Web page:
Bahir Dar & Blue Nile Falls

Trip Start Apr 08, 2010
Trip End Mar 11, 2011

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Where I stayed

Flag of Ethiopia  , Gojam,
Wednesday, June 23, 2010

Wednesday started with a trip to the Blue Nile Falls.  (Random geography notes -- the Blue Nile merges with the White Nile in Sudan to form the Nile; the Blue Nile accounts for 80% of the water...and there are all sorts of politics around which country gets to use it.  According to the locals, the Blue Nile has never actually been blue...some European just named it that to differentiate it from the other river.) The waterfall is a fraction of the size it once was, because 75-80% of the water is diverted from this part of the river to generate hydroelectricity.  I still thought it was pretty impressive, and it was nice to hike around a bit after a few days of getting shuttled from spot to spot.  I also made friends with a cow that I've named Barney -- I've decided he's the real "happy California cow" (because we all know they aren't really in California).

In the city of Bahir Dar I saw something I had yet to see in Ethiopia -- a working signal light (I didn't even see one working in Addis Ababa, where they have millions of residents and a ton of traffic).

In the afternoon we took a boat to visit the Ura Kidane Mihret Church.  There are a ton of ancient churches/monasteries on the islands of Lake Tana, although many are limited to male visitors.  I think at this point I've had just about enough of the churches...although this one was interesting because a service was going on when we arrived so we got to see the priests and singing after church.  Inside there were lots of paintings...very nice...very old...but I couldn't build up too much interest.  On the way back we went past the start of the Blue Nile, which was really pretty.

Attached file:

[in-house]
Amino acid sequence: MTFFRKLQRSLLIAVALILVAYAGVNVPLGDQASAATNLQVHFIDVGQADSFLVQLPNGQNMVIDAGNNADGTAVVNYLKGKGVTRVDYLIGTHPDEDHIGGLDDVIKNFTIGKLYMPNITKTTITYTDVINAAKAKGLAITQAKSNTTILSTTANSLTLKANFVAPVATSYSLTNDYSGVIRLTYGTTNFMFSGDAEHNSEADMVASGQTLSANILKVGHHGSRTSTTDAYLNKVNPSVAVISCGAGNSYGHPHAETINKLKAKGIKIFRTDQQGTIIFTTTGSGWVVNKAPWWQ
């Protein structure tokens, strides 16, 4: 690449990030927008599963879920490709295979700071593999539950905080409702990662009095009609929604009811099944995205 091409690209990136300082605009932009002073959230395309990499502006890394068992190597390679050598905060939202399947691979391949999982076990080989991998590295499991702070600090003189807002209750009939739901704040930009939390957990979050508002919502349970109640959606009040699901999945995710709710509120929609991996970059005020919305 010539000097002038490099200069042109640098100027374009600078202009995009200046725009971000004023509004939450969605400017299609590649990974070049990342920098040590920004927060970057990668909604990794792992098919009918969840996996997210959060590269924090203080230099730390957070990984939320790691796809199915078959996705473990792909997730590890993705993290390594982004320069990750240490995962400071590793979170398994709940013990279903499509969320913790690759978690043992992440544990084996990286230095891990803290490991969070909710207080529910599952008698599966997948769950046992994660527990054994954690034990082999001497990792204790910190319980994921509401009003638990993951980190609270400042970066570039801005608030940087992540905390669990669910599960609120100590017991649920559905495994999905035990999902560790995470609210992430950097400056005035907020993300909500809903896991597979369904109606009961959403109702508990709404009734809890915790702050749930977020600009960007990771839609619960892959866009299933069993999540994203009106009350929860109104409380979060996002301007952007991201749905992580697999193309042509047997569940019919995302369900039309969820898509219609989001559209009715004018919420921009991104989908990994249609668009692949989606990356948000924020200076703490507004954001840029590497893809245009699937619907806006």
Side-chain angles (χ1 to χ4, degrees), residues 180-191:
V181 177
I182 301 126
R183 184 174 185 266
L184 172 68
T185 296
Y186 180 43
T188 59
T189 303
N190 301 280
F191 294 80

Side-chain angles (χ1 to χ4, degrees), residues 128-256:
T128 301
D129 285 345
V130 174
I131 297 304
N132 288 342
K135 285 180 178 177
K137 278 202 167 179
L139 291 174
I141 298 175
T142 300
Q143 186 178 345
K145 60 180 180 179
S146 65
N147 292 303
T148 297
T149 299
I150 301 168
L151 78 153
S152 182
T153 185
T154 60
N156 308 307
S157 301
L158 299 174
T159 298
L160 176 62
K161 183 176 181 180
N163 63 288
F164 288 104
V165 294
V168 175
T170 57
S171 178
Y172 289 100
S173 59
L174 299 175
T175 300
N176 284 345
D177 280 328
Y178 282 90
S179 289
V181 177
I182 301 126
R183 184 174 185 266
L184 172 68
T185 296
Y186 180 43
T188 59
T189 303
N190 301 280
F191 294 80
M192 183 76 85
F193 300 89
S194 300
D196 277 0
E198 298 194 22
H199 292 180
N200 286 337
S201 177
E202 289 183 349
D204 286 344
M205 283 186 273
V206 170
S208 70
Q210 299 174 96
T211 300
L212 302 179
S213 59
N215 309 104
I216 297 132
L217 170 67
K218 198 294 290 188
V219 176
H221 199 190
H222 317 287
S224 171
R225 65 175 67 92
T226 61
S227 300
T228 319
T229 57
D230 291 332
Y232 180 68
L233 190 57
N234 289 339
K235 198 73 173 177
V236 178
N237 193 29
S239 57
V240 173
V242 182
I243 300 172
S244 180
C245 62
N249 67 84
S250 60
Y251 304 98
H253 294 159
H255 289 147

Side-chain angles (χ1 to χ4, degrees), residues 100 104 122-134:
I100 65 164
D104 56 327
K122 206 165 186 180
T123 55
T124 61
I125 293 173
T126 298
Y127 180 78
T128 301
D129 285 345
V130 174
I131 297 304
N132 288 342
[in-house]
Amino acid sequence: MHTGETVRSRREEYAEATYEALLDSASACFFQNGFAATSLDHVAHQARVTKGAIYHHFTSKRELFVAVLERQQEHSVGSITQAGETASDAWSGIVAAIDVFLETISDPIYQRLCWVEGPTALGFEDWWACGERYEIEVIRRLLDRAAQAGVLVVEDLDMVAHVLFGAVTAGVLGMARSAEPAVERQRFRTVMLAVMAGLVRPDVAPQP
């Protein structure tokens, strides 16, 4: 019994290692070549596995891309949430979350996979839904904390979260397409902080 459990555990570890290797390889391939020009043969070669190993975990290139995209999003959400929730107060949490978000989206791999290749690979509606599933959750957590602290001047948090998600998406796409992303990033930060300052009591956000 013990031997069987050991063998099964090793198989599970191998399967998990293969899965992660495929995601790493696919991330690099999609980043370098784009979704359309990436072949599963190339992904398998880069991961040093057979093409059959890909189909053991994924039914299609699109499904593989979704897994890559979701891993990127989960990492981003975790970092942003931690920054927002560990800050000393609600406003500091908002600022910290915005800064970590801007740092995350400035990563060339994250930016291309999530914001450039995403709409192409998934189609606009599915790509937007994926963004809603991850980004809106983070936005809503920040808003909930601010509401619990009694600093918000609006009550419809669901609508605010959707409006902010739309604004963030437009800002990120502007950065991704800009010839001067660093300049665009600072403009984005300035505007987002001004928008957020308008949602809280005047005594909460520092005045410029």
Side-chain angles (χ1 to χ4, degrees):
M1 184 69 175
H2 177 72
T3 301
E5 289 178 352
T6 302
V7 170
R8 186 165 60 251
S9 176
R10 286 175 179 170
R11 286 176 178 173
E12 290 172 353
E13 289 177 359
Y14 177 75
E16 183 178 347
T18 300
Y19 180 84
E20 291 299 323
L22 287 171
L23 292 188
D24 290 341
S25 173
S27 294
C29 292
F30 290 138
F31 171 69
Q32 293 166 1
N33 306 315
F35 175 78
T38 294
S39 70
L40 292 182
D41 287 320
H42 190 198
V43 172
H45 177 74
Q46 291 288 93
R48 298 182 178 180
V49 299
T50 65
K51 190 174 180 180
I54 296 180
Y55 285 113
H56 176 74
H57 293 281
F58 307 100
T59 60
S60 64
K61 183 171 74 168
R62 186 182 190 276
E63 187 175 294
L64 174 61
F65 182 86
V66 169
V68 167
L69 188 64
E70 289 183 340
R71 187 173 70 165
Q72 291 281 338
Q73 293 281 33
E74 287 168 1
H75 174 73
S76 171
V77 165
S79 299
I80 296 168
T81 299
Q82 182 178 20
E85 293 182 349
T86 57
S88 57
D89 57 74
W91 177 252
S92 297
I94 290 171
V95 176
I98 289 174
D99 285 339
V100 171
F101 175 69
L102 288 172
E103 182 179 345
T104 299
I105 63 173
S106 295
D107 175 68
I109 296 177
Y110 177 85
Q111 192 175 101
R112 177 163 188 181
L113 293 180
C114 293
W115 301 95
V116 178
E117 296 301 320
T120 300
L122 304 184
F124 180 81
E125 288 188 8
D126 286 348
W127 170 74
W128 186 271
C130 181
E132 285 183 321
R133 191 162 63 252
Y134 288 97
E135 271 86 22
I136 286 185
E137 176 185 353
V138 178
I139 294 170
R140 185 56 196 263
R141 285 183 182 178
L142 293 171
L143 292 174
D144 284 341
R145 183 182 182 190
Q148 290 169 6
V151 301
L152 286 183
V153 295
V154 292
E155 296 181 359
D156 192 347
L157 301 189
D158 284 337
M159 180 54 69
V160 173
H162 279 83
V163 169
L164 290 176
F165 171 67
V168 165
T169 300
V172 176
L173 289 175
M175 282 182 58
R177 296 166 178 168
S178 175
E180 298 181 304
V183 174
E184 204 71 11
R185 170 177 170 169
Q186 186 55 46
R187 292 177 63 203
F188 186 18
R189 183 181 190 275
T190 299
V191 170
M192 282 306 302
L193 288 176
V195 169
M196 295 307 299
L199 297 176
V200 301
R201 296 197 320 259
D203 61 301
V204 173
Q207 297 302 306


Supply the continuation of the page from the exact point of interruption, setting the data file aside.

Later on, my guide and driver took me to a local traditional bar -- it was absolutely one of the highlights of my trip (and not because it was a bar).  The traditional bars feature "praise singing", where a man plays a local instrument (kinda like a fiddle...but not) and he and a woman sing.  They improvise lyrics as they go, and will sing lines from the crowd if audience members want to participate.  There is a lot of good natured joking and making fun of various members of the crowd.  They made up a lovely song for me, welcoming me from Obamaland and making fun of how everyone would try to get money from me.  (In Amharic of course...thankfully I had translators!)  I think my favorite verse of the night came after a member of the crowd (jokingly) insulted the woman's singing -- she replied with "you are a horrible poet and should die soon because many artists more talented than you have already passed on".  The man then started singing about America again to change the subject. 

While the singing is going on, there are also local dancers performing.  Audience participation is not optional (at least not if you're the only tourist there)...I highly amused the crowd when the dancers tried to give me a dance lesson.  I'm going to have to find a link on Youtube to add so that you can fully picture what Ethiopia/Gonder style dancing involves - I was a completely lost cause.  Sadly, absolutely none of this was photographed because I didn't realize what was in store when my driver & guide offered to buy me a drink on our last night...I left my camera safely in the hotel thinking it was a better option than worrying about it in a bar.
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